- Dasuki says Buhari has ensured his continuous detention despite the bail granted
- Counsel says President Buhari's statement on national television is still hunting Dasuki
- Defense says the prosecution was at the instance of EFCC and not DSS
Ex-National Security Adviser (NSA), Colonel Sambo Dasuki has blamed President Muhammadu Buhari for his continued detention by the Department of State Security (DSS) since December 29, 2015.
At a court hearing in Abuja today, February 26, Dasuki’s counsel, Joseph Daudu told the court that the president engineered his unlawful detention through his comment at his maiden media chat.
Daudu said despite being granted bail, the president, on national television, said the federal government will not release his client, Dasuki and Nnamdi Kanu (who is currently facing charges for illegal possession of firearms and assisting in the management of an unlawful society).
The counsel said the president 'openly' stated these men have committed heinous crimes against the society and will not be released.
He also added that his team has filed a further and better affidavit in support of Dasuki’s application, claiming a betrayal by the president during his chat with the media.
Daudu added that his client has been incommunicado since his incarceration, thus delaying his preparation for the allegations leveled against him by the Economic and Financial Crimes Commission (EFCC).
The prosecuting counsel, Rotimi Jacobs also confirmed to the court that his team have been served two applications. At this instance, the defense counsel informed the court that he would like to withdraw one of the applications.
He retained the application accusing the president of his involvement in the prolonged detention of his client.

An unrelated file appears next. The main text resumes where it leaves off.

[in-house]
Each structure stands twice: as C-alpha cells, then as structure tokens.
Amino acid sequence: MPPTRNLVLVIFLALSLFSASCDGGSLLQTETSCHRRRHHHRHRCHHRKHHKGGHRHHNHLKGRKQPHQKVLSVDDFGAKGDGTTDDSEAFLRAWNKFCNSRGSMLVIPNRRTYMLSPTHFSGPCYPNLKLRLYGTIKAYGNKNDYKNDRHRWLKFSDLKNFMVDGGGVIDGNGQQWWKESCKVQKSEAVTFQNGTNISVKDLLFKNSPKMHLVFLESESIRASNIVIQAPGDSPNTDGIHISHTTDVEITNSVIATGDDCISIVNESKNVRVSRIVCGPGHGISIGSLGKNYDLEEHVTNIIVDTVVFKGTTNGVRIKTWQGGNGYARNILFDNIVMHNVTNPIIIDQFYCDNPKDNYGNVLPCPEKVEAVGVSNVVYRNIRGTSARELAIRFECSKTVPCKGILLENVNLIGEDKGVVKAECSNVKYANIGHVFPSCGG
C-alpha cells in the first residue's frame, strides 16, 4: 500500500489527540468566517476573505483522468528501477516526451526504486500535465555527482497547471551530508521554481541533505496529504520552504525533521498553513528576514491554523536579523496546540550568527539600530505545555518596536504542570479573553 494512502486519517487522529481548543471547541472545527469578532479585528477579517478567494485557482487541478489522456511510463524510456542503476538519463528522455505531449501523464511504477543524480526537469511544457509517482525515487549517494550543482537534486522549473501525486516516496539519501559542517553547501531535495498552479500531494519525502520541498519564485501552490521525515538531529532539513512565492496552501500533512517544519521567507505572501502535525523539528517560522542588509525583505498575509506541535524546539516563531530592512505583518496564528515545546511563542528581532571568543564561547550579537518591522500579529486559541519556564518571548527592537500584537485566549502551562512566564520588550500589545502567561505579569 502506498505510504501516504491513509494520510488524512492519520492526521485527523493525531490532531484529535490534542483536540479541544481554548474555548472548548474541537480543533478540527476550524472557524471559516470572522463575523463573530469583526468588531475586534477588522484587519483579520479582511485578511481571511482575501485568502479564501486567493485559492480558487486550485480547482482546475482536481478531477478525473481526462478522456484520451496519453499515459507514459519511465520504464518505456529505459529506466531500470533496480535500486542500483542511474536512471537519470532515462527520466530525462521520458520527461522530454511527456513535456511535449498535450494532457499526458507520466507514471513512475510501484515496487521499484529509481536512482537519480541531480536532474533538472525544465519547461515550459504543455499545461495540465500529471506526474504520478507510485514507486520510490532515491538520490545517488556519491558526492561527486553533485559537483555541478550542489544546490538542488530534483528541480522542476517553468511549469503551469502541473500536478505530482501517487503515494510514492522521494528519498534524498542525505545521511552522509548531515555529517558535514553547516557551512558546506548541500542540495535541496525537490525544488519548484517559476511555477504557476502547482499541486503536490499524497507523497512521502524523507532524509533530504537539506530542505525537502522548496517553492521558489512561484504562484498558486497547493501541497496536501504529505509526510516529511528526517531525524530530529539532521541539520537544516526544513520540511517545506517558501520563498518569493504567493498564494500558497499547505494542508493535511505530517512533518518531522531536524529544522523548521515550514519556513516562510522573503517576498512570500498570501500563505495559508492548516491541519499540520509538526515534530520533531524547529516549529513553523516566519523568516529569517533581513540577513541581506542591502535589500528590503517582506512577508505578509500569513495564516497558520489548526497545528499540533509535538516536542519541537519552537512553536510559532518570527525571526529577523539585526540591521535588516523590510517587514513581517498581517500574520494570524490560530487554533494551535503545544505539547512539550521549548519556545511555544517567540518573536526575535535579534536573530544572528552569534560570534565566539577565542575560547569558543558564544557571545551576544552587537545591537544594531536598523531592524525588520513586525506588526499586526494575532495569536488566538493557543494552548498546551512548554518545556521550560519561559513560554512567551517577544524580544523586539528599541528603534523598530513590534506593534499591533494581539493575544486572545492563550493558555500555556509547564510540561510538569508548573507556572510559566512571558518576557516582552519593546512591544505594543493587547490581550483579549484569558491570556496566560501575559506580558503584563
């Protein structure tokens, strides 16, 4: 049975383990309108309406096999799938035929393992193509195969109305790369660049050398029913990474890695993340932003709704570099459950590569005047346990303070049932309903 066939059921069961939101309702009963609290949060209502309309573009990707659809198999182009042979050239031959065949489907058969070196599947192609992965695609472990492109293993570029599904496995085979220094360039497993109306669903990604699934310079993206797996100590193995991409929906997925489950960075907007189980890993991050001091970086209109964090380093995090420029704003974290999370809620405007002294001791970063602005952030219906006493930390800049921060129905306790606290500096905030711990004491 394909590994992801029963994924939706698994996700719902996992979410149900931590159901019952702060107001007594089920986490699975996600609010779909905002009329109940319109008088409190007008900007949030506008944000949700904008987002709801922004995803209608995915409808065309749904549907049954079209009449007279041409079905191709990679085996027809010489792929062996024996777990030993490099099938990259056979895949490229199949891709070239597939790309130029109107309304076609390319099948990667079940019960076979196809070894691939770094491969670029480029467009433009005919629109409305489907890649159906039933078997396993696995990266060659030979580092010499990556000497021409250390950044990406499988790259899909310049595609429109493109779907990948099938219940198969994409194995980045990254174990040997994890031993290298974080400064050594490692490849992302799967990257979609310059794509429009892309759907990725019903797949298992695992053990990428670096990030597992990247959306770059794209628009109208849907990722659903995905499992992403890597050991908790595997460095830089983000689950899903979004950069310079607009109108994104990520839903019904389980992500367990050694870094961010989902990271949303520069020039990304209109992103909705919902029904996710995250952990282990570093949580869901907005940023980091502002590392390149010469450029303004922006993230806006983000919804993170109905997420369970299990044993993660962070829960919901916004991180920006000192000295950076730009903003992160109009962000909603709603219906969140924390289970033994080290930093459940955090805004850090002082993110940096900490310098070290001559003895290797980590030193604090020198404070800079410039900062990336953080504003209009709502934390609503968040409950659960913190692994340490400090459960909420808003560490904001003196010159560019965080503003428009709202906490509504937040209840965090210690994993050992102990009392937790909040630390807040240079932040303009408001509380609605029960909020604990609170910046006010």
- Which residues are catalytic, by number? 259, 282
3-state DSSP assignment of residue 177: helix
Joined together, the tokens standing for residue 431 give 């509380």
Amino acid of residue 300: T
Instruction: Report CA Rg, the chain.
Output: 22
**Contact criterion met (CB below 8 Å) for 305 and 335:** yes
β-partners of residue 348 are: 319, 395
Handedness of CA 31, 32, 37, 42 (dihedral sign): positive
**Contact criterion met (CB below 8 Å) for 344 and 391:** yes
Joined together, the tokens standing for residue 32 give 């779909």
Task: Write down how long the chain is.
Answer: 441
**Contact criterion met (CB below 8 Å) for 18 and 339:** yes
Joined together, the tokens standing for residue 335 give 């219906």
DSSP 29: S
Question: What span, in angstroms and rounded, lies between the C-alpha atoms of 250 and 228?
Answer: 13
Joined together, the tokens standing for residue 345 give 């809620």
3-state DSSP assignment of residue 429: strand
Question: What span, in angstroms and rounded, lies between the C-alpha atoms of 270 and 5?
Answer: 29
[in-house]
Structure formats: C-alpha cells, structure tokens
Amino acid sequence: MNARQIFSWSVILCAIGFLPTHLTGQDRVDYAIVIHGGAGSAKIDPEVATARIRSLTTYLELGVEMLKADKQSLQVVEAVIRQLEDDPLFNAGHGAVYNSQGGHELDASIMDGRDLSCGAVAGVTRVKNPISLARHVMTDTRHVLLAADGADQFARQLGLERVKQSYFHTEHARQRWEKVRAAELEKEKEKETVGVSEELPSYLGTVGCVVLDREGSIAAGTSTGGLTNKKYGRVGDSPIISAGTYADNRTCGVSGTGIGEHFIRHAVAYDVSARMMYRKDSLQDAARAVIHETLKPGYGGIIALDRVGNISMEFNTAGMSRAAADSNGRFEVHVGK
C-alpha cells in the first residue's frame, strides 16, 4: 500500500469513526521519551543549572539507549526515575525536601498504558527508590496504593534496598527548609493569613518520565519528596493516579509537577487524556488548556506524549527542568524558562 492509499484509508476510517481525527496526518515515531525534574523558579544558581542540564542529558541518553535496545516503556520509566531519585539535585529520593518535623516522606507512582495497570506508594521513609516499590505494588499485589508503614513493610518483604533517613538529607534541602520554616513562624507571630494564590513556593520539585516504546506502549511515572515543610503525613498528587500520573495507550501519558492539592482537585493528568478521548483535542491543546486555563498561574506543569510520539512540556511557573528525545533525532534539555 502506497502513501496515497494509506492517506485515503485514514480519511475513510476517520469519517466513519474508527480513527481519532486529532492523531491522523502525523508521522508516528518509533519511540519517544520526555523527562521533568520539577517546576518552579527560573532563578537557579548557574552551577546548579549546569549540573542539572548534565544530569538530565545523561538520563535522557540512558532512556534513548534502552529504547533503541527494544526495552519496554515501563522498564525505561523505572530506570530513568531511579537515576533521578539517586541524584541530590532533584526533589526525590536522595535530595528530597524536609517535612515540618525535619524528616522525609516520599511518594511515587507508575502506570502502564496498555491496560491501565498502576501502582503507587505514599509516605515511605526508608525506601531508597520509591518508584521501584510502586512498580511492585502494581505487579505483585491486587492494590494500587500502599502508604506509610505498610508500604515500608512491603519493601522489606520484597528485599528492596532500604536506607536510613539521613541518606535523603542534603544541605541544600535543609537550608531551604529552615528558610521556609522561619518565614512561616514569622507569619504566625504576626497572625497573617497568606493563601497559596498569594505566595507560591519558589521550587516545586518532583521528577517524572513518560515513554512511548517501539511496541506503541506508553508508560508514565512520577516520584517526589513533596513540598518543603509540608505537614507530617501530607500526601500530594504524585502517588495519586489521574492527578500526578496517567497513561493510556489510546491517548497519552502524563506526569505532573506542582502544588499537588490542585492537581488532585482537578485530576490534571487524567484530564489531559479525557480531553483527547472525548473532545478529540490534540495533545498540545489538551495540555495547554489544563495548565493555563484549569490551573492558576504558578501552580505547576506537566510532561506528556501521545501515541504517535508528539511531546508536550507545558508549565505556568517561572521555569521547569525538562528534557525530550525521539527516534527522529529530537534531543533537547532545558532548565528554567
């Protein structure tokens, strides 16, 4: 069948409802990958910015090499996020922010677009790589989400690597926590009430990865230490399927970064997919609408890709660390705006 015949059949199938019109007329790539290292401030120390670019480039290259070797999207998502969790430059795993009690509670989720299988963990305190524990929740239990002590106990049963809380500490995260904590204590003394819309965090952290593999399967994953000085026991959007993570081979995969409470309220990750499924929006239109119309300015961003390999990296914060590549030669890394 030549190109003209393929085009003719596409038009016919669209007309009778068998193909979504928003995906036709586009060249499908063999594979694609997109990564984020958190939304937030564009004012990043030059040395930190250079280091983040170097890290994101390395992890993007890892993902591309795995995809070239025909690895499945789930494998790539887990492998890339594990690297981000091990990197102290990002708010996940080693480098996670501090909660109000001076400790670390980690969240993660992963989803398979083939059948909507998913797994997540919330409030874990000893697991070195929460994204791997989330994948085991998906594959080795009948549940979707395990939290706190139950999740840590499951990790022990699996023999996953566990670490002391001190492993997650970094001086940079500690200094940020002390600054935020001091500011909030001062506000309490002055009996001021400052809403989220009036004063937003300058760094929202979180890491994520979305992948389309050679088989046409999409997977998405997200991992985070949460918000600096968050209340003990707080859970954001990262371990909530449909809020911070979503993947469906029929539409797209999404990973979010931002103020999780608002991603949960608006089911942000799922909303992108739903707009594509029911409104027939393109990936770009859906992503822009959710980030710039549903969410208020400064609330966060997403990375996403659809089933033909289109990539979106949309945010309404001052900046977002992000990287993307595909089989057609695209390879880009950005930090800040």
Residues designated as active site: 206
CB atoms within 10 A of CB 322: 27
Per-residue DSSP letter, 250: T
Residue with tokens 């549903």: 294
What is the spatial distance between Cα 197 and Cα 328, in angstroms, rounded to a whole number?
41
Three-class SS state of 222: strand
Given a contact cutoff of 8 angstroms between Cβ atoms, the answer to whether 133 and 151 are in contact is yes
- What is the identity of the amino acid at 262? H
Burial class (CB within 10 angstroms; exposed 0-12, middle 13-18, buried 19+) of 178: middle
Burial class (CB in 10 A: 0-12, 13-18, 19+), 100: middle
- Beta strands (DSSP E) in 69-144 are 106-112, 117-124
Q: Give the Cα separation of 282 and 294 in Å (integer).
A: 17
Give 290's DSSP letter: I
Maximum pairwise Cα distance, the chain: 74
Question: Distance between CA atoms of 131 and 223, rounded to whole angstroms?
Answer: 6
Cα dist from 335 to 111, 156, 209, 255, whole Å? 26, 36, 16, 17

Also, counsels to first, third, fourth, fifth and sixth defendants informed the court that while they were not served by the first defendant, they do not oppose the withdrawal of the application.
The judge, Peter Affem further struck out the application.
Jacobs said that a lot of new facts were brought in by the defendants in a 16-paragraph affidavit.
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Daudu prayed the court to stay further proceedings on the charges against the second defendant, Dasuki.
He leveraged on the disobedience of the court's order by the Nigerian government and argued that the continued detention of Dasuki has infringed on the fundamental human rights of the second defendant.
Daudu further stated that since his detention, Dasuki has been restricted from making adequate preparation for his trial especially providing the required documents that will aid in his defense.
He also argued that it is obvious that the complainant (EFCC and the DSS) is one and the same, adding that the guise that Dasuki is being held by the SSS and facing charges by the EFCC is unacceptable.
Daudu said before the court, the complainant is seen as the federal republic of Nigeria and all agencies under the FRN is one and the same.
He added that he feels like justice has not been served especially regarding the orders by the court.
"There is a need for the law to be applied in its sterile manner," Daudu said.
But the prosecution in his defense said that the charges against Dasuki was at the instance of the EFCC and not the DSS.
Jacobs denied that the federal government disobeyed the court orders, explaining that on December 29, 2015 when the bail conditions were perfected, Dasuki was released by the prison authority at Kuje but was later rearrested by another government agency, DSS and not the EFCC.
He asked the court not to grant Dasuki’s application, adding that the DSS, the security agency detaining the former NSA is not a party to the suit against him before Justice Peter Affen.
After listening to the parties, Justice Affen adjourned the matter to Friday, March 4 for ruling on the application